Below is the data of the Center for Strategic and Budgetary Assessments (CSBA) of the United States regarding the first American costs of fighting ISIL — incurred even before September 2014: “The United States commenced military operations against ISIL in June of 2014 with increased support to Iraqi and Kurdish forces fighting ISIL in Iraq. This support included a small contingent of U.S. military personnel serving in an advisory and training capacity. Air operations officially began on August 8 when the United States started flying humanitarian relief missions, conducting intelligence, surveillance, and reconnaissance (ISR) flights, and performing limited air strikes to defend civilians and friendly forces within Iraq. The Pentagon estimates that these initial operations cost roughly $530 million through August 26.”
This was, we might say, pocket money. The main expenses will follow.
Let us emphasize that the above mentioned CSBA is a clear example of what is called a “think tank”. It belongs to the number of influential American analytical organizations, which have a clear world-rebuilding specialization.
The estimates of future financial parameters of the operation in case of a direct military involvement of the United States in the Middle Eastern situation are presented in the report of the same CSBA.
CSBA offers three possible scenarios of the American presence in the region. These are: a low-intensity air campaign, a more intensive air campaign and (the most dramatic scenario) a direct military presence. Here is how it is evaluated by the “think tanks”: “The third scenario assumes an even higher level of steady-state air operations, with 150 ISR (intelligence, surveillance, and reconnaissance – Editor) sorties per day and 200 targets attacked per month. More significantly, it assumes 25,000 U.S. ground personnel are deployed to Iraq and Syria, in line with some public recommendations. This force is assumed to consist of several thousand special operations forces at the “tip of the spear,” supported by a combat aviation brigade, two brigade combat teams, and other forces providing logistical and medical support, all based in Iraq and/or Syria. The higher steady-state level of air operations reflects the likelihood that U.S. forces on the ground would receive additional air support. Using these assumptions, the total monthly cost of air and ground operations would likely be between $1.1 and $1.8 billion, with roughly 80 percent of the cost coming from the sizeable ground component involved.”
The fate of ISIL in this case is not fully clear, unlike the fact that these actions will destroy the remains of Syrian and Iraqi statehood — this will happen in case of a ground operation without any doubt.
Finally, by looking in the final part of the report, we can confirm that CSBA is no opponent to the ground operation: “As shown in Table 1, the cost of operations against ISIL could vary from $200 million to $1.8 billion per month depending on the level of air and ground operations involved, or $2.4 billion to $22 billion on an annualized basis. In comparison, annual spending peaked at $164 billion in Iraq in FY 2008 and $122 billion in Afghanistan in FY2011 (in FY 2015 dollars).”
The upper limit of the figures above assumes nothing else than a ground operation. By doing this CSBA shows that, in comparison the latest war in Iraq, the assumed participation of the U.S. in the ground operation won’t be too expensive.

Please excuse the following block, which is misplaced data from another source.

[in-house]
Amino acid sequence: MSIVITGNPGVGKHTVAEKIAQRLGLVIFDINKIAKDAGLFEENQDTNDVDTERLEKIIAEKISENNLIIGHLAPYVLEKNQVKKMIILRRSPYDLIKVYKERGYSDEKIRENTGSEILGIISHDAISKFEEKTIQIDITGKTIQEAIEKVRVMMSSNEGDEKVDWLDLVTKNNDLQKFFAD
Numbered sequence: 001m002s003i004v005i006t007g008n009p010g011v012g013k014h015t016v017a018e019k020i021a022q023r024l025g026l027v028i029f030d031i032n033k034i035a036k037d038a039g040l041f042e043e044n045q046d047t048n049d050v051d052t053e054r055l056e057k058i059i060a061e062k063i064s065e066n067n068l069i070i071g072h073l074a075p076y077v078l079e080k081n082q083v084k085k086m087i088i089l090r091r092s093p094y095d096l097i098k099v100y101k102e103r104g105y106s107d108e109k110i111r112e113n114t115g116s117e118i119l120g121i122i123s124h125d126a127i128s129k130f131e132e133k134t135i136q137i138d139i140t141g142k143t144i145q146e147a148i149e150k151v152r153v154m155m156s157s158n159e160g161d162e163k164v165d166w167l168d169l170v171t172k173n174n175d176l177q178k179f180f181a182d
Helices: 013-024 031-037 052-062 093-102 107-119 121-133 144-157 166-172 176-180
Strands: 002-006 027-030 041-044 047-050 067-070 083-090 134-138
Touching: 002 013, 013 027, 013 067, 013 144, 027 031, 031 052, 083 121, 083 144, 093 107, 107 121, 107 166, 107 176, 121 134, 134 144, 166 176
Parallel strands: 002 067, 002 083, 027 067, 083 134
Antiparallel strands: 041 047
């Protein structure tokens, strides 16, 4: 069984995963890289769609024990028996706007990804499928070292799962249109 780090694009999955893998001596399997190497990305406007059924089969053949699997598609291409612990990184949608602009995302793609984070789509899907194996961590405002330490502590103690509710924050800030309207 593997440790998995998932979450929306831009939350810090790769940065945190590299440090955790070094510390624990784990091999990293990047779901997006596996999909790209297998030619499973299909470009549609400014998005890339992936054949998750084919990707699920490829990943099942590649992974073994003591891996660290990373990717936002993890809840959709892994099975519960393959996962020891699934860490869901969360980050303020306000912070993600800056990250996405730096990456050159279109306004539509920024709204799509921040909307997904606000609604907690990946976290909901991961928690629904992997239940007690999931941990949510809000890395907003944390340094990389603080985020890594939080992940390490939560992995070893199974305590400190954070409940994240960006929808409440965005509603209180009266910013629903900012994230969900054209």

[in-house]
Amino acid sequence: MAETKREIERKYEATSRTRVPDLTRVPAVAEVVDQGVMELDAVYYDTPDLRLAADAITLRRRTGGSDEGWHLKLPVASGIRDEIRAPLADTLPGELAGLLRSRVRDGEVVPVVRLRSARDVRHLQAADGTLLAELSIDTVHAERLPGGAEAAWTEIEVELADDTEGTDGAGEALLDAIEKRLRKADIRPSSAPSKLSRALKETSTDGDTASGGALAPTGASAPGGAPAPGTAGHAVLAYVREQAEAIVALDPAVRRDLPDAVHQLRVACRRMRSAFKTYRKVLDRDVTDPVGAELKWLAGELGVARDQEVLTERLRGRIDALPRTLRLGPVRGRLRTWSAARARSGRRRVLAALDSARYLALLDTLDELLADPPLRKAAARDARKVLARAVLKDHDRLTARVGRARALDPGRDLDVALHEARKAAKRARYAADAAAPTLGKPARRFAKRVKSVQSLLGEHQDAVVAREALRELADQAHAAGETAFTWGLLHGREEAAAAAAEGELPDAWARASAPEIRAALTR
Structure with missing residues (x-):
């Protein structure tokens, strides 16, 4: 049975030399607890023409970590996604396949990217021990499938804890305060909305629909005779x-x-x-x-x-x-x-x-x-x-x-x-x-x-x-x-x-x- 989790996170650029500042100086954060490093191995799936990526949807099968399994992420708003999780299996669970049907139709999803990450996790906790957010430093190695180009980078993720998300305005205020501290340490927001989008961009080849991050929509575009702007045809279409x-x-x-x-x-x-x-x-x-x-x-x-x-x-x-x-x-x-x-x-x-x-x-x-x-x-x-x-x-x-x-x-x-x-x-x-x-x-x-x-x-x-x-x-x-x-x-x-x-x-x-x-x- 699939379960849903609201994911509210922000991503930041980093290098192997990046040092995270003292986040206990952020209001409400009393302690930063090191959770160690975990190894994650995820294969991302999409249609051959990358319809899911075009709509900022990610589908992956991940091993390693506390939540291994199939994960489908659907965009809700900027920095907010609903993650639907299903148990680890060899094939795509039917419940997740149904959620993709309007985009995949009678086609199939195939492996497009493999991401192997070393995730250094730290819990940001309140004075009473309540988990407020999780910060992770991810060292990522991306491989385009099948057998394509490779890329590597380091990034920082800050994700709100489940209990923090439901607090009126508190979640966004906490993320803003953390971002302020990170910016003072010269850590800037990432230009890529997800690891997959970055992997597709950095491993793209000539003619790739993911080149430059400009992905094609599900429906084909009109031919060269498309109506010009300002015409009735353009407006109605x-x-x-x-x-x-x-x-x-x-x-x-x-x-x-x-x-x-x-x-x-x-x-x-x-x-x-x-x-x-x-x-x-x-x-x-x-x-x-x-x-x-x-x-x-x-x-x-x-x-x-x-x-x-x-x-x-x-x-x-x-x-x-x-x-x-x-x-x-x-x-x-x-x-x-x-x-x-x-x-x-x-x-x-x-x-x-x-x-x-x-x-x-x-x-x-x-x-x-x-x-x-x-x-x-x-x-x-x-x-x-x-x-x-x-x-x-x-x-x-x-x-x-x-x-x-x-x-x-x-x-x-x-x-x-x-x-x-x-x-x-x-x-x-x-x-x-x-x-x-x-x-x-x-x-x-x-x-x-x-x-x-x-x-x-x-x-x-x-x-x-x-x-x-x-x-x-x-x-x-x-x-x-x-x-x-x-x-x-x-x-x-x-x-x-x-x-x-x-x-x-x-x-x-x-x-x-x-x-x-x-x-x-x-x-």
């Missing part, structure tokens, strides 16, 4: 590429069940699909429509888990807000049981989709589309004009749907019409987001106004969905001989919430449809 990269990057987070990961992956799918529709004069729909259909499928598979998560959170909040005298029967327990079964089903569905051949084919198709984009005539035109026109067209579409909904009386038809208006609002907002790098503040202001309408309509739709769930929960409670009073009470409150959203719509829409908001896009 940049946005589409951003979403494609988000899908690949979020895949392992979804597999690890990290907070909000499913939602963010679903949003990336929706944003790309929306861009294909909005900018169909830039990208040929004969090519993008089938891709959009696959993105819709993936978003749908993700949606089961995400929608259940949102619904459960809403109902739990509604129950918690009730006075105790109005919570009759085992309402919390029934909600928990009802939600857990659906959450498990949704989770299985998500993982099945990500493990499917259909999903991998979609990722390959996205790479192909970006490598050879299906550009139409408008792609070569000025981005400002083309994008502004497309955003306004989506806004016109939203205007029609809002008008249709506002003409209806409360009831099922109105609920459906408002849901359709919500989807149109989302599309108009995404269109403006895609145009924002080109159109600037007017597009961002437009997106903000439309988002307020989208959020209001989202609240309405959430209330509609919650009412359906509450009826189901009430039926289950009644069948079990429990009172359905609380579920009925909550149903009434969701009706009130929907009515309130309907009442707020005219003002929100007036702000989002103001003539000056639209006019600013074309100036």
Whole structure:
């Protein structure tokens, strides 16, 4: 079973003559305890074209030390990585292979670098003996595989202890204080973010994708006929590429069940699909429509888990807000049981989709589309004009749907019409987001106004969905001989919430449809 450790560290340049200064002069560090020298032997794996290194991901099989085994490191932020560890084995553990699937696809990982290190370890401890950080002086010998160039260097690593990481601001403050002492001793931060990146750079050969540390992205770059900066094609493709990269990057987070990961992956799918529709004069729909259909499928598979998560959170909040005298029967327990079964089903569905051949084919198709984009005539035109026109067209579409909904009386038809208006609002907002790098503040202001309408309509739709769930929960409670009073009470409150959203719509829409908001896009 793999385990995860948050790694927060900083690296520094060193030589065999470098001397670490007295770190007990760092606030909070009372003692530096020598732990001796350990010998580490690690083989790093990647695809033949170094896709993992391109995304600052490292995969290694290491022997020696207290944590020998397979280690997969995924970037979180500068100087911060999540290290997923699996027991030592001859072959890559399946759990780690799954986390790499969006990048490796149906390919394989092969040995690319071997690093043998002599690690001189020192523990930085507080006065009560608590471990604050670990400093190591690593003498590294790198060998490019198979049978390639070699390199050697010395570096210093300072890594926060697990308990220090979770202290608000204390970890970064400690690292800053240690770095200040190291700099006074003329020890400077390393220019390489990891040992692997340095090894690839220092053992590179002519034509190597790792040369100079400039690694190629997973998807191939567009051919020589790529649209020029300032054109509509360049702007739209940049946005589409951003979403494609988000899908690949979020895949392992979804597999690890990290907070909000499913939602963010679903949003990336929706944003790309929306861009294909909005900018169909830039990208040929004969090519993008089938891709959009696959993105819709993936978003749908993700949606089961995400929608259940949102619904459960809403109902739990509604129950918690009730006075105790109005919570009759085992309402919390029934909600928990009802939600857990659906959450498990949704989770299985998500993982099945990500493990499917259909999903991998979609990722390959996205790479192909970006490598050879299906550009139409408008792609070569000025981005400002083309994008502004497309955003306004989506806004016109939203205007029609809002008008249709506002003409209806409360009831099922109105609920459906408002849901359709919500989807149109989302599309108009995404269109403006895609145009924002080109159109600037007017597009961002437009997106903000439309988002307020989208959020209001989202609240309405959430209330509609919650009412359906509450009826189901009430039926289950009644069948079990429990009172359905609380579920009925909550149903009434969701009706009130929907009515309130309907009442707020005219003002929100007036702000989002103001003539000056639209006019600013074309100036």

The financial capabilities of the “Islamic State” itself are also an object of focused interest of American “think tanks”.
Such a pillar of American analytics as RAND Corporation estimates the capabilities of ISIL as follows: “The most important thing for U.S. policymakers to remember is that ISIL now possesses the financial means to support a long-term fight—some $2 billion, according to a recent report in the Guardian, citing a British intelligence official.”
Next RAND emphasizes that most of ISIL funds are a result of oil contraband in Syria and Iraq. They sell this contraband oil, obviously, at low prices. According to various estimates, ISIL “revenues have been estimated in the media at $1 million, $2 million or even $3 million per day.” Another “think tank”, the American Brookings Institution, estimates ISIL daily revenues at $1,5–4 million per day. Is this much?
Of course, these sums are incomparable to, say, the revenues Medellín cocaine cartel, which made over $60 million per day at the peak of its activity. But the money made by ISIL is comparable to, say, the revenues of Hezbollah. Besides, the appetite comes with eating. We are talking about the world-rebuilding appetite, which the drug cartel, after all, never had. When financial appetite unites with ideological and world-rebuilding appetites, it is worth to expect an accelerated growth of all — including financial — capabilities of ISIL.
Because the expansion of ISIL in Syria and Iraq in 2014 allowed the “Islamic State” to capture resources only enough to proclaim the creation of its caliphatist territorial core. By creating it, ISIL will immediately start increasing its expansionist claims. Although, why ‘start’? ISIL already increases these claims. Maps get published in which Maghreb (Northern Africa), Spain, all of Balkans, Turkey, India and vast territories of Caucasus and Central Asia are included in the future caliphate.
Such maps leave no doubts as to whether the “Islamic State” is going to limit itself with regional boundaries. It lays claim to much larger territories than the whole area of the “Arab Spring“. And in cases like this, if there are claims and people to die for these claims, money won’t take long to find.
In the next article we will discuss what are the claims of the “Islamic State” on the regions above and what these claims are supported with.
(To be continued)
Source (for copy): http://eu.eot.su/?p=5308
This is the translation of an article (first published in “Essence of Time” newspaper issue 100 on October 22, 2014) by Alexey Kretchetov and Timur Urazov of a series on rebuilding of Middle East and Africa by the West. This rebuilding was launched to give rise to the most violent and bloody regime, such as IS “caliphate”, which is supposed to eventually attack and conquer Russia, China and Europe.